Setting aside time every day for prayer is one of the hardest things I’ve ever done. It’s like learning how to sit up straight all the time. You try your best, but more often than not, you come up short.
Especially right now, in the thick of the startup of an academic semester, my prayers are more often than not just fleeting moments. Saying the sh’ma in the car, essentially.
But even in the best of times, the harder part is keeping it relevant, and if I’m honest about it, I have to say the fixed order of prayer in Jewish life is more often a barrier than a bridge.
Needless to say, I’m not alone in this. A recent article in Ha’Aretz really reached out and grabbed me:
Effective prayer is a vibrant conversation between an individual or a community, and God. But modern western civilization has, in four separate ways, distanced us from God. The success or failure of our work is no longer palpably dependent upon nature or God’s hand in it. The industrial revolution radically altered the perception of the factors that actually have an impact on our working lives: How can you talk meaningfully to God if you work in a factory or a bank, or in a store or an office?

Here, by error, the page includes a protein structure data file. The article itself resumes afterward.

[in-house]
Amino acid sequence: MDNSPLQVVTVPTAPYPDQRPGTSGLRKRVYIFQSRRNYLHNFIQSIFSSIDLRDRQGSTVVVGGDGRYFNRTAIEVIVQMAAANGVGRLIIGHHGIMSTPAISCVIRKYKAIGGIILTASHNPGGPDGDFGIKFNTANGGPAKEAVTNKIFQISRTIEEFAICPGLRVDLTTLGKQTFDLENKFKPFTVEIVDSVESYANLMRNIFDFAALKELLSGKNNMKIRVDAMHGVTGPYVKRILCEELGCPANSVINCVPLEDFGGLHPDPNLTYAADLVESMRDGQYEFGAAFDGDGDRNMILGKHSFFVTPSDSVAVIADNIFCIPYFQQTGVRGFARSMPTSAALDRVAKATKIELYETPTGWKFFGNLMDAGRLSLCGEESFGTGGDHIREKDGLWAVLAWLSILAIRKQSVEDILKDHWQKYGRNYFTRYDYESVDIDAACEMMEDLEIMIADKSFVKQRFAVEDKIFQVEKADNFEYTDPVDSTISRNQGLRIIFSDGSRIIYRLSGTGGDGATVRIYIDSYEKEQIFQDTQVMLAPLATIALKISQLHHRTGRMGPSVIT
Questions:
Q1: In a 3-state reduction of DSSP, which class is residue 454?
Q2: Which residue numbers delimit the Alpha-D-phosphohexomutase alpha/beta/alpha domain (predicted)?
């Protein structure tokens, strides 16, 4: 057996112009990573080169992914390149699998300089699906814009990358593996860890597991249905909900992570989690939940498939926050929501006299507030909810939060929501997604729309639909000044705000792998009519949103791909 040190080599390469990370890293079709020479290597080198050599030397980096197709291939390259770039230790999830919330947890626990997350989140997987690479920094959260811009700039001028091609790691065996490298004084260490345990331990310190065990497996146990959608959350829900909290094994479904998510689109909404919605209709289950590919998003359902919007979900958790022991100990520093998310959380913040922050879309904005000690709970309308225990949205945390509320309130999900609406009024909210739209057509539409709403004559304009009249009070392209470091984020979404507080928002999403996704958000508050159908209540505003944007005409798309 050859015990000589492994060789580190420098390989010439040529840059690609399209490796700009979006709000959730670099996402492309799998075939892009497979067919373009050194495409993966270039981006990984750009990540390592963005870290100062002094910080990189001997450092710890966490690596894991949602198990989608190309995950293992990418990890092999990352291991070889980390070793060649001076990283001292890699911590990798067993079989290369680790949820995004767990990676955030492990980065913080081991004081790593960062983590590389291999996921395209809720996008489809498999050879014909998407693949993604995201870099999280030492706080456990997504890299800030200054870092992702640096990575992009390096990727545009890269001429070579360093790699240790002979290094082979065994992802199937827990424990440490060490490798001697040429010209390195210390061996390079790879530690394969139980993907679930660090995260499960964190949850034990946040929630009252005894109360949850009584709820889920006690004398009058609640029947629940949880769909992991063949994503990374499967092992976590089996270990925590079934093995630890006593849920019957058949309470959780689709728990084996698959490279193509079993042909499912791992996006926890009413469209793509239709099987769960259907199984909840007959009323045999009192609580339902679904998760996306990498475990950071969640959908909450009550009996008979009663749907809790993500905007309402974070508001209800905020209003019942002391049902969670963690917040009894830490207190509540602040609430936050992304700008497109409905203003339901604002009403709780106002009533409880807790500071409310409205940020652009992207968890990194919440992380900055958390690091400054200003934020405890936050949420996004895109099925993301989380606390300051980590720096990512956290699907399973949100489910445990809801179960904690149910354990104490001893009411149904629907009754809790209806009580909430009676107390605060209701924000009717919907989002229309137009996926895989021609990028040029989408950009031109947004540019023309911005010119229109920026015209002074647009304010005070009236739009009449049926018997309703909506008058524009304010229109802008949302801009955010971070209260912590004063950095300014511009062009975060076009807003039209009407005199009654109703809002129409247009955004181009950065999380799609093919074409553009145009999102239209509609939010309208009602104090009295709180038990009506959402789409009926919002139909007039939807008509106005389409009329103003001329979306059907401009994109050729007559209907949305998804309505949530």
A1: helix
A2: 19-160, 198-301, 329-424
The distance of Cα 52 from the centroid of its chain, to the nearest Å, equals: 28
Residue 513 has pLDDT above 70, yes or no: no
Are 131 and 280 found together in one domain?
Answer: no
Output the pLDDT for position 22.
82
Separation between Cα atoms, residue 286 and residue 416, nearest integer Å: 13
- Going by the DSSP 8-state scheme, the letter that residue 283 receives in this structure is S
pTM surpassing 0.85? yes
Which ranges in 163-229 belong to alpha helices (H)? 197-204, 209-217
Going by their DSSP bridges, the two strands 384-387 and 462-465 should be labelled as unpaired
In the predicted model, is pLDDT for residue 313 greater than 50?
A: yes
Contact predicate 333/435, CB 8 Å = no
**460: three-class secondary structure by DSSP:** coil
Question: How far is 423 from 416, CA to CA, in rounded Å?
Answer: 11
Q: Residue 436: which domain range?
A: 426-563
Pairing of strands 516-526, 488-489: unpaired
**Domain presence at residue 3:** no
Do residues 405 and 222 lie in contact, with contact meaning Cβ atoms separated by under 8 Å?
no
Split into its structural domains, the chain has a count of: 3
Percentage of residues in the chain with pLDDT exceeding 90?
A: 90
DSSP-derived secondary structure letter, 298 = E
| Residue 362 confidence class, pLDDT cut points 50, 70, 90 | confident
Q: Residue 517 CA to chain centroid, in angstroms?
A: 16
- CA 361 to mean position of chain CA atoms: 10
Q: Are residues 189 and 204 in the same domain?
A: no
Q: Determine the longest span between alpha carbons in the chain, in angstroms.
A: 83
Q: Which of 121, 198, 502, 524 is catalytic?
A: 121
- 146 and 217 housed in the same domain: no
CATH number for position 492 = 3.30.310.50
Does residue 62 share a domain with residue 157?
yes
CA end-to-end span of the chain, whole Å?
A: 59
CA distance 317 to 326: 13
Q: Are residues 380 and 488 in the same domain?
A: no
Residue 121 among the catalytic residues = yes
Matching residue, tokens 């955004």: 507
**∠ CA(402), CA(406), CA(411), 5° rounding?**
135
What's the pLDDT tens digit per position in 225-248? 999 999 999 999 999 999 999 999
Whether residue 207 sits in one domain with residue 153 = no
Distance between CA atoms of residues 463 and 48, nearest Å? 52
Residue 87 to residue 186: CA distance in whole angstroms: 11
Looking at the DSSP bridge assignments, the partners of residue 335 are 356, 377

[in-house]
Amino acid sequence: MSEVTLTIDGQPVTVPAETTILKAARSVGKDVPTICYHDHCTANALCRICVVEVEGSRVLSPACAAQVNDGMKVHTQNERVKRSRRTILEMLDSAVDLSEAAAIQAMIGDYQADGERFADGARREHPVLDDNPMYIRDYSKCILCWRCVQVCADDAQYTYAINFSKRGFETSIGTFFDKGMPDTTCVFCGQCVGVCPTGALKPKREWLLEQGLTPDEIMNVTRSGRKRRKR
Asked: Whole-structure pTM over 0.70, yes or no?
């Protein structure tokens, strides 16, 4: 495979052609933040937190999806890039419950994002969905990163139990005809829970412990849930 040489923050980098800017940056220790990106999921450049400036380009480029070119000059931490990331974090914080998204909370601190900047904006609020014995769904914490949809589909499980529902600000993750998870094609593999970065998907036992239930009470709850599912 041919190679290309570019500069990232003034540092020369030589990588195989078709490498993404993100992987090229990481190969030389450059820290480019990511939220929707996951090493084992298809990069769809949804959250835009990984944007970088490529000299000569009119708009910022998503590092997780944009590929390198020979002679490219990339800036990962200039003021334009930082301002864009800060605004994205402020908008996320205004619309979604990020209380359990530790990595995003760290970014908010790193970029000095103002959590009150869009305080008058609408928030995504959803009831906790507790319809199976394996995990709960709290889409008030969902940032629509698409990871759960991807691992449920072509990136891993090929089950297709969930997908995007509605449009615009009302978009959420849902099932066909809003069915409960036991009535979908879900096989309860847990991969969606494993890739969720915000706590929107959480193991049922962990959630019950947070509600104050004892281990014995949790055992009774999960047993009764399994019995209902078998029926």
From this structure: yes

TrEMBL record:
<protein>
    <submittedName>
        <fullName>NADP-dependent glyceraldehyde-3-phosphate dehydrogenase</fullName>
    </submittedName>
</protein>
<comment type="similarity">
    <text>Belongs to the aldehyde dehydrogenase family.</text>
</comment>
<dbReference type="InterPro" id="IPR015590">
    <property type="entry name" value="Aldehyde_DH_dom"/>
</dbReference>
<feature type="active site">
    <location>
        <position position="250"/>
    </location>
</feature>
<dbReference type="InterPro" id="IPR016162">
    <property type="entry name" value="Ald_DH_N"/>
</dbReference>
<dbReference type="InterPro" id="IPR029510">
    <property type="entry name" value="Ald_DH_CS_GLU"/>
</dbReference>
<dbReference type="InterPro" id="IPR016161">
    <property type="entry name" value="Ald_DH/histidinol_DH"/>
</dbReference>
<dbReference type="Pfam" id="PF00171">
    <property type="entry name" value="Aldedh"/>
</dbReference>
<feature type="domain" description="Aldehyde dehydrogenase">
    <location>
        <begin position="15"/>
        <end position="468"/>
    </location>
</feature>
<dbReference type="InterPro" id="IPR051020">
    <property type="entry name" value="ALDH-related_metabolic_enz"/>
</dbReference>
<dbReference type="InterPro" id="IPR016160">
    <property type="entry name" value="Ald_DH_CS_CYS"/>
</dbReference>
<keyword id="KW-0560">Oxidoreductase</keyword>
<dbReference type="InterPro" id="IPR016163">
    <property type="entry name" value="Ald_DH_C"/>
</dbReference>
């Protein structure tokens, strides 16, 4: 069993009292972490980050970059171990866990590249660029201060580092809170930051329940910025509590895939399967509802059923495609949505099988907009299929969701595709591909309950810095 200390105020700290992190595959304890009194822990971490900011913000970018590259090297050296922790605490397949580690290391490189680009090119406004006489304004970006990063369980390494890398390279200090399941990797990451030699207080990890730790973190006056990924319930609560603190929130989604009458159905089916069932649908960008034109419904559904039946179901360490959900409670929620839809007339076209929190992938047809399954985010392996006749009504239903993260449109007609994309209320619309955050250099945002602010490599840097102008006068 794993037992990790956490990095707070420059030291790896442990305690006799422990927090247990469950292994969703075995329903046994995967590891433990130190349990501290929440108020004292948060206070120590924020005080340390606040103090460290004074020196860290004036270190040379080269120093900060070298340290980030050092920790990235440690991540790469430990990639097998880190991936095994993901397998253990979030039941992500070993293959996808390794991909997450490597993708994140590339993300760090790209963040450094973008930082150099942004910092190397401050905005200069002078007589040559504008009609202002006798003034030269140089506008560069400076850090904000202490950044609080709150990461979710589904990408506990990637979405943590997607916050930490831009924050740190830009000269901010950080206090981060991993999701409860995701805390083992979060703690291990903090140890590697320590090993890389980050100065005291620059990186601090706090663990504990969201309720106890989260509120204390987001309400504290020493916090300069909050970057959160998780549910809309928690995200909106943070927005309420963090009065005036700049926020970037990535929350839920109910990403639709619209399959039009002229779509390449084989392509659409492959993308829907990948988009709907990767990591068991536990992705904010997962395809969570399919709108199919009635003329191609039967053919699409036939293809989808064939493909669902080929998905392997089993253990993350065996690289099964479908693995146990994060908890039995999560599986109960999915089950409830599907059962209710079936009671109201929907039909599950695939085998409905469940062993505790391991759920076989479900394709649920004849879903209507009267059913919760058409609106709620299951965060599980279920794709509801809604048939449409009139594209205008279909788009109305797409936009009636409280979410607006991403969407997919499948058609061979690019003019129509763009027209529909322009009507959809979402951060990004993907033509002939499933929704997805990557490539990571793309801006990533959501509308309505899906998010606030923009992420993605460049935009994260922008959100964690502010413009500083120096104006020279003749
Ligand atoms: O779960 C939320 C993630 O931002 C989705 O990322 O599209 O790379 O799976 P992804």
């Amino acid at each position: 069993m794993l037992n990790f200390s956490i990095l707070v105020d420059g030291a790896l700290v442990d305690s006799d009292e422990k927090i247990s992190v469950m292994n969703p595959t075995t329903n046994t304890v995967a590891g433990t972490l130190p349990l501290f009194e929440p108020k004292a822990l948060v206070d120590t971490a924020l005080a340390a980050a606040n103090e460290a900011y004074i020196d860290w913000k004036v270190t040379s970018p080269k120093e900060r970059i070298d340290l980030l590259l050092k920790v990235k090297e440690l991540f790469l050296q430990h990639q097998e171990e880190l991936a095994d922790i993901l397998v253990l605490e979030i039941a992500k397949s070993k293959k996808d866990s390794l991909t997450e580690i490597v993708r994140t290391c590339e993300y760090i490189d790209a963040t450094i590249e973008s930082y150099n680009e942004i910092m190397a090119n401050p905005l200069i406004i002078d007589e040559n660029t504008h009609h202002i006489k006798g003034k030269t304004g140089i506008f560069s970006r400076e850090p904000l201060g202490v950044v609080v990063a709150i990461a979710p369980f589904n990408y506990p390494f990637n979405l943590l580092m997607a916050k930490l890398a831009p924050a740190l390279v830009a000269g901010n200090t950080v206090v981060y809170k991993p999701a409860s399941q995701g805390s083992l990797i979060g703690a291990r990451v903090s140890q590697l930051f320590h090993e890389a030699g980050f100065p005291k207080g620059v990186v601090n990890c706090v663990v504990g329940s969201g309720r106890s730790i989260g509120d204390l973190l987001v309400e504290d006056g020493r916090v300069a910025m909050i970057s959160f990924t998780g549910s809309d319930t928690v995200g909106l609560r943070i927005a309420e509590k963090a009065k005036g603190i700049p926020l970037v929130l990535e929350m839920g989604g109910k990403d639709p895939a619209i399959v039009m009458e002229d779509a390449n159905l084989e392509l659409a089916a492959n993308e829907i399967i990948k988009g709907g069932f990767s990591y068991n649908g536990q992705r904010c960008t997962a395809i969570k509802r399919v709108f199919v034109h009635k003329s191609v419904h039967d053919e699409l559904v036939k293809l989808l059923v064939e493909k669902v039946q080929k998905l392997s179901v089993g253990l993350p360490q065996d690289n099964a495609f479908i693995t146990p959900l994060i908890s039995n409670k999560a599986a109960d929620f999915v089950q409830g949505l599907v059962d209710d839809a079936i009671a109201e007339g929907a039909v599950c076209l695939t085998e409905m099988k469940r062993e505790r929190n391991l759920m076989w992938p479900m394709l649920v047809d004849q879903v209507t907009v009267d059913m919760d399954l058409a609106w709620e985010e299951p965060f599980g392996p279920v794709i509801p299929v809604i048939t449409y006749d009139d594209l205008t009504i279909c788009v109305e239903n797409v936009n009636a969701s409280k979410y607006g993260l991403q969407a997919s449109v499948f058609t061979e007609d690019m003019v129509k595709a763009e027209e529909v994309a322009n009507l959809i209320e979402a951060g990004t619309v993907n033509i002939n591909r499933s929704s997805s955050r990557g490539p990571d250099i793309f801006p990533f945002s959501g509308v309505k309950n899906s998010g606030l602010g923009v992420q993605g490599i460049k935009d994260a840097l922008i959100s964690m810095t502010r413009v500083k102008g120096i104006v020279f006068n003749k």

… To make prayer meaningful for moderns, we need to get God out of the decreasingly significant “gaps” of risk and chance and irrationality. We need to get God and God’s values into the truly vibrant dimensions of our lives – into our productivity and our relationships, into our daily lives as individuals, as communities and as nations. Until then, new and creative Siddurim will have only a marginal affect on the prayer life of modern, socially integrated Jews.
This says a lot to me. Some of the deepest, most transformative moments of prayer I’ve experienced lately have been in flat-out asking God to intervene in the most broken places on Earth, places that human beings — for the moment at least — cannot or will not fix. The Congo. Afghanistan. Sudan. Sri Lanka. And yes, Gaza. I picture the people there being lifted up, finding health and solace and joy, and pray that the people who oppress them will wake up to God’s presence in their eyes.
Does it help me? Yes, definitely. Does it help them? I don’t know. But if there’s even one chance in a billion billion billion that it does? I’d be crazy not to.